BOSTON A proposed statewide ballot question seeking to repeal Massachusetts’ casino gambling law would impinge on the rights of local government, Springfield’s mayor argued in a brief filed Tuesday with the state’s highest court.
Springfield Mayor Domenic Sarno and nine city residents asked the Supreme Judicial Court to uphold Attorney General Martha Coakley’s ruling that the initiative petition filed by the group Repeal the Casino Deal was unconstitutional.
The justices are expected to hear the case in May.
MGM Resorts International has proposed an $800 million resort casino in Springfield and signed a host community agreement that promises the city more than $25 million in annual payments. The Springfield proposal is the only one for western Massachusetts, making it likely that MGM will be awarded a license by the Massachusetts Gaming Commission.
The city’s filing argues that the state constitution prohibits statewide referendums on “local matters.” Repeal of the casino law would void existing host community agreements with casino developers in Springfield and three other Massachusetts communities – Plainville, Revere and Everett – making them unique to a “very small number of local communities,” Sarno said.
“Springfield’s Host Community Agreement outlines the largest development project Western Massachusetts has seen in a generation and will facilitate a renaissance in the core of Downtown Springfield as well as in an area heavily damaged by the June 1, 2011, tornado,” the mayor said in a statement.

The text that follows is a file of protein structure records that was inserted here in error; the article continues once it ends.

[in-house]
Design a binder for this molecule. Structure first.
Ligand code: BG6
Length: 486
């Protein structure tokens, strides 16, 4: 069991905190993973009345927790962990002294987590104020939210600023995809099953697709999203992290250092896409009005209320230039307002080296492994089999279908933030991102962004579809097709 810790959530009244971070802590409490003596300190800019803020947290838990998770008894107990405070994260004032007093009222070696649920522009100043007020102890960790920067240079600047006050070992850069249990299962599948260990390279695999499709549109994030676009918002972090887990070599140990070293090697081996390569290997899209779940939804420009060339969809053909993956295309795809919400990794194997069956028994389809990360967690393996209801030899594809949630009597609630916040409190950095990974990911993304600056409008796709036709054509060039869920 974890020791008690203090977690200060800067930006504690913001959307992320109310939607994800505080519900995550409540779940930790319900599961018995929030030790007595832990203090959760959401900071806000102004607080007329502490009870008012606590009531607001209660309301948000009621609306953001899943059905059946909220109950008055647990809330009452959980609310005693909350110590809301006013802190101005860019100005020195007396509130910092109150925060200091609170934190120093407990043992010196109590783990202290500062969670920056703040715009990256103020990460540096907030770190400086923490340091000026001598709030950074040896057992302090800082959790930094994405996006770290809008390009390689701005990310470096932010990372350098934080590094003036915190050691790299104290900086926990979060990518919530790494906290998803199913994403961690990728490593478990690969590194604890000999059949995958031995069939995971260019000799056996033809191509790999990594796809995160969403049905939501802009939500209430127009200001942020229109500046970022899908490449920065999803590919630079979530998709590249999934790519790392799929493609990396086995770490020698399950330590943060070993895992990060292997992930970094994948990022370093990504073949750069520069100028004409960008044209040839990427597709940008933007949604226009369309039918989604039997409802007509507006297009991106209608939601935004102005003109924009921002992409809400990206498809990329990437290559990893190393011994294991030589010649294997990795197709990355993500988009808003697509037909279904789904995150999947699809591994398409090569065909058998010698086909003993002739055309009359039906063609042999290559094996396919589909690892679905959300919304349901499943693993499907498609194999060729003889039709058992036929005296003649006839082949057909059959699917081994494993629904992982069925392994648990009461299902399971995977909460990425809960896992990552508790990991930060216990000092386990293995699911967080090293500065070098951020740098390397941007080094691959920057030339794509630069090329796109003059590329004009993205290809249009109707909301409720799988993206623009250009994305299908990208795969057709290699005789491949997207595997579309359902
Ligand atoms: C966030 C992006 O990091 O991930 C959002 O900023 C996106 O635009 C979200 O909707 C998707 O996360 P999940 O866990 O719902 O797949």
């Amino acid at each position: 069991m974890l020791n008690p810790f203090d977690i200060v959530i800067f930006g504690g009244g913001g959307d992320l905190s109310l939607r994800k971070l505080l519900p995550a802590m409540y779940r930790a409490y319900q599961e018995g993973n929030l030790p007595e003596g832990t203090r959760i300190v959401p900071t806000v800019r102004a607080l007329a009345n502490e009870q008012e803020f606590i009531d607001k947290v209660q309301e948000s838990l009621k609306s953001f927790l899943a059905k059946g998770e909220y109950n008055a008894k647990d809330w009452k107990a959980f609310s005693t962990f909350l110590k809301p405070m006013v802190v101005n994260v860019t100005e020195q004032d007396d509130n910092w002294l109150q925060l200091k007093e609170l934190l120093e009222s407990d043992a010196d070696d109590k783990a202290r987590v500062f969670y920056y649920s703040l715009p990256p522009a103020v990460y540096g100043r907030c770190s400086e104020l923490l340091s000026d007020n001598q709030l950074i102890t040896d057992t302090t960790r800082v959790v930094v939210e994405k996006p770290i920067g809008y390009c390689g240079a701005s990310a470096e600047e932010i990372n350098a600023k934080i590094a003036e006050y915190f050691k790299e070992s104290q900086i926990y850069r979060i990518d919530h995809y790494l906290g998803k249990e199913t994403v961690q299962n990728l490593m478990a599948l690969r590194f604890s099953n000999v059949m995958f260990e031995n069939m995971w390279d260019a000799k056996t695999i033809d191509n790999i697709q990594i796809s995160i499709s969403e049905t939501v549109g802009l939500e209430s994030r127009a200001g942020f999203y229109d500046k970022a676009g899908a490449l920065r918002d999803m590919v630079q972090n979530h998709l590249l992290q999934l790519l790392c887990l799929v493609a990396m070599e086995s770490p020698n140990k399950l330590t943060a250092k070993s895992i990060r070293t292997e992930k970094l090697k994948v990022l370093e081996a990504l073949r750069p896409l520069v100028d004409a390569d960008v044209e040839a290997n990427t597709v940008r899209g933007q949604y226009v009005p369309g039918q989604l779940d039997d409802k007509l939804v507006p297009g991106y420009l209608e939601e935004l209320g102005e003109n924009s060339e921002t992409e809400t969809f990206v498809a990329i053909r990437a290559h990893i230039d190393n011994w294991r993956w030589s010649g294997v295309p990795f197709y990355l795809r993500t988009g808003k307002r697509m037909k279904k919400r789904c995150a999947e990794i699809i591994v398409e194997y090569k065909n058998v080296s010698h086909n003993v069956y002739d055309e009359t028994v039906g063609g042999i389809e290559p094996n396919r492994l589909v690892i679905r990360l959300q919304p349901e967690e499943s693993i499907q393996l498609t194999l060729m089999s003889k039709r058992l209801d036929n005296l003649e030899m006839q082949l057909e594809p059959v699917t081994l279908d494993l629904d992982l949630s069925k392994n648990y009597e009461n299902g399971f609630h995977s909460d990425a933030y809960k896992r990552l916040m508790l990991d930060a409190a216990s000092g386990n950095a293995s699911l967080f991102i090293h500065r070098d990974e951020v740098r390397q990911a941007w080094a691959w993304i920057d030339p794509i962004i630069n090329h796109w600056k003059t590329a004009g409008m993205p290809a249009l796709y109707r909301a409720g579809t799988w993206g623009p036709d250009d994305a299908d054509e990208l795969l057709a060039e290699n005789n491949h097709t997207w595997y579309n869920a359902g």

In her ruling last fall, Coakley did not cite the local matters provision but ruled that the proposed ballot question would violate the contracts clause of the state constitution by permitting voters to interfere with implied contracts between the commission and applicants for casino licenses.
Repeal the Casino Deal filed a 53-page brief with the high court last week asking the justices to overturn the attorney general’s ruling and allow voters to decide in November whether to keep on the books the 2011 law that allows for three resort casinos and one slots parlor.
The anti-casino group said Coakley was mistaken in her analysis and that casino developers should anticipate that in a heavily-regulated industry such as gambling, laws can and often will change.